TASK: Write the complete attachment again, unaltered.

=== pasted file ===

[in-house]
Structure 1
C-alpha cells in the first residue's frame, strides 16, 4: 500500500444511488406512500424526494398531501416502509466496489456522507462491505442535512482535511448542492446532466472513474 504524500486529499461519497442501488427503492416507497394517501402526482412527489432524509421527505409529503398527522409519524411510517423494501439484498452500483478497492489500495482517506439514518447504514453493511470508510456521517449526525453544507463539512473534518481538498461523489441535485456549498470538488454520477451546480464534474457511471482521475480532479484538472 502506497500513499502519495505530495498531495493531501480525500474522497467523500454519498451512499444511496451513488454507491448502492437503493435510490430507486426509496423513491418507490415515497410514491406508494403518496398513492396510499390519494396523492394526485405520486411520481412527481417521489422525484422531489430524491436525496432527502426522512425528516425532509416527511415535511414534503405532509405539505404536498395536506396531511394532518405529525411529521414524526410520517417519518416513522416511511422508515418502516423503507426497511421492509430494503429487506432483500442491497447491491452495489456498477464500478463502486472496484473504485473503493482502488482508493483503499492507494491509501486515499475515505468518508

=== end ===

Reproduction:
[in-house]
Structure 1
C-alpha cells in the first residue's frame, strides 16, 4: 500500500444511488406512500424526494398531501416502509466496489456522507462491505442535512482535511448542492446532466472513474 504524500486529499461519497442501488427503492416507497394517501402526482412527489432524509421527505409529503398527522409519524411510517423494501439484498452500483478497492489500495482517506439514518447504514453493511470508510456521517449526525453544507463539512473534518481538498461523489441535485456549498470538488454520477451546480464534474457511471482521475480532479484538472 502506497500513499502519495505530495498531495493531501480525500474522497467523500454519498451512499444511496451513488454507491448502492437503493435510490430507486426509496423513491418507490415515497410514491406508494403518496398513492396510499390519494396523492394526485405520486411520481412527481417521489422525484422531489430524491436525496432527502426522512425528516425532509416527511415535511414534503405532509405539505404536498395536506396531511394532518405529525411529521414524526410520517417519518416513522416511511422508515418502516423503507426497511421492509430494503429487506432483500442491497447491491452495489456498477464500478463502486472496484473504485473503493482502488482508493483503499492507494491509501486515499475515505468518508